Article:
11. Thanks, I think it's counterbalanced properly now. Or close to it. Stays put no matter where I tilt even with lowest drag setting setting. Doesn't feel as well-balanced or consistently smooth as when my friend demonstrated counterbalancing on an O'Connor 2060, but that was a much larger camera set up and had the benefit of inertia. Maybe I'm still missing something but it seems fine now. This is the potential issue. I am shooting with an EVA1 and very tiny lenses. I have some cheap off-brand baseplate that, as well as being cheap, is very light, which I like. But its options for mounting screws are severely limited and poorly thought-out imo. I do worry about balancing larger lenses but will cross that bridge when I get there....
  12. Thanks, makes sense. Oddly, if I swap the screws in the plate and mount the plate backwards, I can line the small screw up with a hole at the back of my baseplate. And then I need to slide the camera on from the front of the tripod rather than the rear. But it balances okay. But this feels like a strange solution and looks odd. I have no metal work skills. Is there any reason not to do this? Seems odd, but also seems to be working.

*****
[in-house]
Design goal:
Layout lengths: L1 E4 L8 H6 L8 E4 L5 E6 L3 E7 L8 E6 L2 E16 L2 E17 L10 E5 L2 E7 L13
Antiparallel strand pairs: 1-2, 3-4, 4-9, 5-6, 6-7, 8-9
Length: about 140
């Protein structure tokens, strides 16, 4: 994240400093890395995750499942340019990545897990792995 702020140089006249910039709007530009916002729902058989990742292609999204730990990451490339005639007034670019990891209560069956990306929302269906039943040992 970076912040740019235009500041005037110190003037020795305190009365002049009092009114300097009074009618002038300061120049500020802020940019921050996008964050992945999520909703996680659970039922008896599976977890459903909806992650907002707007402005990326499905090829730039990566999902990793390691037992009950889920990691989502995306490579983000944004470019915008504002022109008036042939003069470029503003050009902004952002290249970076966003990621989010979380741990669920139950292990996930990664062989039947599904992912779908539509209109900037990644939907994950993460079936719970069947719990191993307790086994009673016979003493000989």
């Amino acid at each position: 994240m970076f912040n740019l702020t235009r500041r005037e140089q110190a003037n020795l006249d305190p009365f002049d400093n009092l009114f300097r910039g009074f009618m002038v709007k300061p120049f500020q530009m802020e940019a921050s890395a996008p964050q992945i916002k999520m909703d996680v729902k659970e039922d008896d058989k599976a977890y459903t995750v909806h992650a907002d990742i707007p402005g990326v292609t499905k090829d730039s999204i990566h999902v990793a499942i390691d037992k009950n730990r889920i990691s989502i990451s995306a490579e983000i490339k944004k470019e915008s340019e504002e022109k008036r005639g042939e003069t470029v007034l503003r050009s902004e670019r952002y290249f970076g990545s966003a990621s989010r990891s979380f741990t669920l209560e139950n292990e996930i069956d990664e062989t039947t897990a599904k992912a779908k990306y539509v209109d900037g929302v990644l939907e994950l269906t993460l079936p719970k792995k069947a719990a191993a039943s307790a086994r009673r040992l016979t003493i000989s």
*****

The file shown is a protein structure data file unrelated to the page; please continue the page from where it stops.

13. I feel really dumb. I'm using a Miller Compass 20 with a camera that's probably a bit small for it, 5-6 pounds at its lightest (haven't weighed it, but that's my guess). But the camera is back-heavy and I cannot get the mini euro sliding plate assembly far enough forward to balance on the tripod. So I removed the camera plate assembly and bought a standard Bogen-style tripod plate. Same thing. Should I buy the extra long tripod plate? There are no returns on it. Also, what counterbalance settings would be best for this set up? Thanks. Sorry for the newbie question. Getting back into shooting.
  14. I believe many Nikkors cover 5k on the LF and the longer ones cover 6k.
×
×
  • Create New...